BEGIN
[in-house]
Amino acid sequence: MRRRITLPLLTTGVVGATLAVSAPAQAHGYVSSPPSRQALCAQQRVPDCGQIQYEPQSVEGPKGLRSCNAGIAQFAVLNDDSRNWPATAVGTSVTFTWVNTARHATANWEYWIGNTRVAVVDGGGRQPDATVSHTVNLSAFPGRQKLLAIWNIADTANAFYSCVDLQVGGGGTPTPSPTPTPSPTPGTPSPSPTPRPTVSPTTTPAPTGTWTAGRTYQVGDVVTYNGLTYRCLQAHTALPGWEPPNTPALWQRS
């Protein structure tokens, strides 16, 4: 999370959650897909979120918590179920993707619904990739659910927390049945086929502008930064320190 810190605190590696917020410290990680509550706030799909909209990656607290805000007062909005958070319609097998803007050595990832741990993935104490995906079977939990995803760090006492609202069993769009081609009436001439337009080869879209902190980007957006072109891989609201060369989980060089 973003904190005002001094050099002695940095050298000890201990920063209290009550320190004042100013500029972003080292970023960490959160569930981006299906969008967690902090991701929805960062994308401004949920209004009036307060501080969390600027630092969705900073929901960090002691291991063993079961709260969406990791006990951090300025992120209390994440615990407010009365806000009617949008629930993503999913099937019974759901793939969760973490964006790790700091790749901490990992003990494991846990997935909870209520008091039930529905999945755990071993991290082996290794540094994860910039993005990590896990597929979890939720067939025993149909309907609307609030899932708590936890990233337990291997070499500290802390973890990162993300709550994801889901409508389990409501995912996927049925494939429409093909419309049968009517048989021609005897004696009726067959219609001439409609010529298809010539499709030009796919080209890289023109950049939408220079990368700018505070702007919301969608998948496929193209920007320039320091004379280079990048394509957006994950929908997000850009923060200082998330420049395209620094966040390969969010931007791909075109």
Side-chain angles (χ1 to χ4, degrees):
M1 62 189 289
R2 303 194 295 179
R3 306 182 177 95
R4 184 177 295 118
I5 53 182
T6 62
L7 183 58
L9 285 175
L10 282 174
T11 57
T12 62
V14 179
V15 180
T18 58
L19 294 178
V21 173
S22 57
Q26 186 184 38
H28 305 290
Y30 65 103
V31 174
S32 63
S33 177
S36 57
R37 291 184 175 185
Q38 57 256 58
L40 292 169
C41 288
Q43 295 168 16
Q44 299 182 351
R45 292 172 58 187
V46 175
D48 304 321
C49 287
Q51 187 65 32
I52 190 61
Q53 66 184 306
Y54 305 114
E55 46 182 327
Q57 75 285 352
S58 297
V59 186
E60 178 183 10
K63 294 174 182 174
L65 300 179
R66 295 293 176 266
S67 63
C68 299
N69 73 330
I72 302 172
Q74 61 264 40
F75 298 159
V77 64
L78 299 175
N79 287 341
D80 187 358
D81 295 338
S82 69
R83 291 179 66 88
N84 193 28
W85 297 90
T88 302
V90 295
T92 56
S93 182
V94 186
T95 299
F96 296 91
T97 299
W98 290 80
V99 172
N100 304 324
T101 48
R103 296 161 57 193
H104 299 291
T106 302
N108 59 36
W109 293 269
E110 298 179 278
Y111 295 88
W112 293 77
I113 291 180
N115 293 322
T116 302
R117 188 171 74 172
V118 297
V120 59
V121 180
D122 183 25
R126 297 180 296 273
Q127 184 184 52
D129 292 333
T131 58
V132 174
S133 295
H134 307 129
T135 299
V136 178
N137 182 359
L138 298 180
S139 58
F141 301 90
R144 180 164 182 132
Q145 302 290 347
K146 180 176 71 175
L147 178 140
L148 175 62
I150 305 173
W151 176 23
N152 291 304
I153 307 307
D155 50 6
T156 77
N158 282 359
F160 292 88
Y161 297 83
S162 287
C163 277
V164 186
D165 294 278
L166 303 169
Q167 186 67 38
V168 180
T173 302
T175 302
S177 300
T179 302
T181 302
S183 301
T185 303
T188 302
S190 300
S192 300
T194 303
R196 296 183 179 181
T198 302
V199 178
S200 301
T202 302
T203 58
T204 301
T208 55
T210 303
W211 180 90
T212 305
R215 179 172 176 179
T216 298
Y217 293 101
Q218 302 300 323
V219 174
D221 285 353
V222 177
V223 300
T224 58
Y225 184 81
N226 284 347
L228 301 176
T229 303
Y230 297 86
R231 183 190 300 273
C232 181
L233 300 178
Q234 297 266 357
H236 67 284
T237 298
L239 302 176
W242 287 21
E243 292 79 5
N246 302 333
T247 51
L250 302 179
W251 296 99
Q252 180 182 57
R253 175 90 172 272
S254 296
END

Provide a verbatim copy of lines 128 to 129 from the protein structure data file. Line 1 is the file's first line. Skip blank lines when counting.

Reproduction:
T173 302
T175 302